Last week I had the honor of guest lecturing in John Greathouse’s Entrepreneurship class in the Technology Management Program at UC Santa Barbara. The topic of the day was where to draw entrepreneurial ideas from. I proposed that new ideas might come from using a social benefit lens.
What is a social benefit lens? To think about social benefit is to think about a product or service that would benefit an underserved population and to provide it commercially.
Let’s start with underserved populations. A good example is the underbanked. In the US alone, 60 million adults have minimal or non-existent relationships with traditional financial institutions leaving them vulnerable to over-priced services that essentially create a financial vacuum for the customer that’s tough to get on top of. Mango was founded in 2009 as a for-profit financial institution that empowers underbanked adults by providing customized, affordable, and high-quality financial services to help them better manage and get ahead in their financial status. With a presence in 6 global markets, Mango offers low-cost, sustainable solutions that provide convenience, service, and a positive customer experience.
Mango focuses on a specific marginalized customer but there are other opportunities to use social benefit as a lens for a for-profit business benefiting society.
Ultra Testing is a for-profit software testing business that looks to leverage the unique skill sets of the underemployed 1.5 million adults on the autism spectrum. Reasoning that software testing requires an incredible amount of focus for repetitive pattern recognition and problem solving, and with 80% of these adults unemployed, Ultra Network launched a business that meets the special social employment needs of these adults while creating a business that has a 20% higher bug detection ratio than standard testing services. It’s this efficiency that Ultra sells its clientele on, not the dual benefit that it’s solving a social issue at the same time.
By looking at social benefit businesses, there is a new more sustainable way to think about invigorating economies and the people who participate in them. Products and services with transactional prices force organizations to build businesses that must compete on product performance but will also create social value. Instead of creating charitable services to address inequities, innovating around social impact could create entirely new industries that will change the way we look at product value.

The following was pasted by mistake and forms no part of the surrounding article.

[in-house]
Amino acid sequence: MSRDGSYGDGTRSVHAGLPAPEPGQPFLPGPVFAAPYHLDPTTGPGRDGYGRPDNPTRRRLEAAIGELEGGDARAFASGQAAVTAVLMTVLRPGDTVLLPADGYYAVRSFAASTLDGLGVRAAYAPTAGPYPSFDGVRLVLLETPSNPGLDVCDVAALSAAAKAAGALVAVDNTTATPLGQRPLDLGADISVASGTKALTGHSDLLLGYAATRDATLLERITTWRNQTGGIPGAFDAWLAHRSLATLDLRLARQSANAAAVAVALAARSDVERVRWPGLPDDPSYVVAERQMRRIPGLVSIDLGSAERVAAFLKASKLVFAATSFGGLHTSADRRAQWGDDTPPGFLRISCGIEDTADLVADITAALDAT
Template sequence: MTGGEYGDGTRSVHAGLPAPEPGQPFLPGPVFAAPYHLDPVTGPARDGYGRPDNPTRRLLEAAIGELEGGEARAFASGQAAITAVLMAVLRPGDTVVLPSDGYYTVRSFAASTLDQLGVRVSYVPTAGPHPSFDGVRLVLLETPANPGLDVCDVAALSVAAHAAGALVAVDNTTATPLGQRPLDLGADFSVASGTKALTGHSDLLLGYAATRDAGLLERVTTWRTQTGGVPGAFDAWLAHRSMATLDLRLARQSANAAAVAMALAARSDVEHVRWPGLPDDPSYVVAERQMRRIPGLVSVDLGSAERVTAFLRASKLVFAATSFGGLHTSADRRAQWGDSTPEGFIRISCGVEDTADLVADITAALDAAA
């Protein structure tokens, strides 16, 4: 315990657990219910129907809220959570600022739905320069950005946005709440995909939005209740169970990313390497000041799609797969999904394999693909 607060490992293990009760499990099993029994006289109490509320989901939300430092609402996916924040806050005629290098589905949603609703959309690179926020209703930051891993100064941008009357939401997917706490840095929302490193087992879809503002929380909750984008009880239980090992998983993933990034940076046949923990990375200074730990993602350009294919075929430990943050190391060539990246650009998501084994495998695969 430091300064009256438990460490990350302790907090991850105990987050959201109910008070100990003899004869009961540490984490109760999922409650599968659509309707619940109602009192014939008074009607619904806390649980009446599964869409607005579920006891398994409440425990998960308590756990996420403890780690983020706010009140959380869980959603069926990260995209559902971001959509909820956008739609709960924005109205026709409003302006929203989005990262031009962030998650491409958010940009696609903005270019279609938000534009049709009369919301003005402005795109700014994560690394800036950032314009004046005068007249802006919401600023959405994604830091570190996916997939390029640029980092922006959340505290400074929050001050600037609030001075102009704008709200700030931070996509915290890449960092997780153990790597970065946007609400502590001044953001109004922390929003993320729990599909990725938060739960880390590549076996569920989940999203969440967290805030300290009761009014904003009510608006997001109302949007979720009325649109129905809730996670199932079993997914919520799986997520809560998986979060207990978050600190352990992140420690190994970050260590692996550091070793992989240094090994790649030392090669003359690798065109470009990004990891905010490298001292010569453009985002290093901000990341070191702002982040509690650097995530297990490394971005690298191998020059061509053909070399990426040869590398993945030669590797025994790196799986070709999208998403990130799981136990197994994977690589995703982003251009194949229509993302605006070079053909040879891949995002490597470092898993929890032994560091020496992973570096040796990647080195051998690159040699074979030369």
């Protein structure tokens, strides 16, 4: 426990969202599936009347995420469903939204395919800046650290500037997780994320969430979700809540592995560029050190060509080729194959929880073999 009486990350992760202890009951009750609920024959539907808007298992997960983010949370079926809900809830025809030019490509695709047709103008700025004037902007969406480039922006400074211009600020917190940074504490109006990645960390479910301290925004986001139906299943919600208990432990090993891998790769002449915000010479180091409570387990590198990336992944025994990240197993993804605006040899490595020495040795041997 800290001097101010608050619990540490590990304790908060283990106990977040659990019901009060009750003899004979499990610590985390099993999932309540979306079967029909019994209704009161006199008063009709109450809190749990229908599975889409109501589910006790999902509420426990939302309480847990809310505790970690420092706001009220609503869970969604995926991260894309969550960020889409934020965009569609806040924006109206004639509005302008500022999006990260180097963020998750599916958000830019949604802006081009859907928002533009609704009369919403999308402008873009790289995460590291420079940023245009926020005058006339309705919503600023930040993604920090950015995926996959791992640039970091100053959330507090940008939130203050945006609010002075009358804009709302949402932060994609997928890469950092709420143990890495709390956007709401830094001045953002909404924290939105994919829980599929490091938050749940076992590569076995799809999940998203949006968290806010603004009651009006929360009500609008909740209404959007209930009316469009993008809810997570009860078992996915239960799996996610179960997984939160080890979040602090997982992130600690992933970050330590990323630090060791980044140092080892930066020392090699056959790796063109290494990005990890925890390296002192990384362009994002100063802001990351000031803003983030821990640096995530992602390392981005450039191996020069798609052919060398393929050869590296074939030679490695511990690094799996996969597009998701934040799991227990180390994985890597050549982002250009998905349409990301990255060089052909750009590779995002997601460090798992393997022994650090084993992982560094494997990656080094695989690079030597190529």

Entrepreneurs using a social benefit lens will not only stand out from the pack from a financing perspective but could create revolutionary new business models with historical significance.
Heat map of the regions participating in the FB group just prior to the start of the lecture series at Stanford yesterday. What other proof do we need that a global entrepreneurial mindset is in motion?
Tomorrow will be Day 1 of my first Startup Course at Stanford. Will I get credit for this? I wish. But I’ll get something better with my free online video course, an education in how the elite startup bootcamp is training their protégés and future investees from the President of Y-Combinator and a conversation with literally thousands of entrepreneurs set on changing the course of their lives and the world.
The course syllabus for CS183B is a veritable who’s who of the Silicon Valley startup world with the first class including Dustin Moskovitz, co-founder of Facebook as a guest lecturer. Perhaps that’s why Sam Altman, the 29 year old Professor elect, chose Facebook Groups as the place to convene conversation around this talk of the town course.
When I joined the Group last night there were over 15,000 members with a comment thread including 300 introductions crossing at least 42 countries (I stopped counting). And tons more sub-groups were developing as participants voluntarily broke into more geographical groups to figure out gathering points and discussion groups. There’s even a google spreadsheet listing the (to date) 425 global universities and 100 other group viewing locations for the online course.
Am I really ‘taking’ the course? No. But I am looking for answers to how the “experts” frame questions around challenging systems status quo, how innovative ideas are shaped and how B certification and other social benefit opportunities are addressed.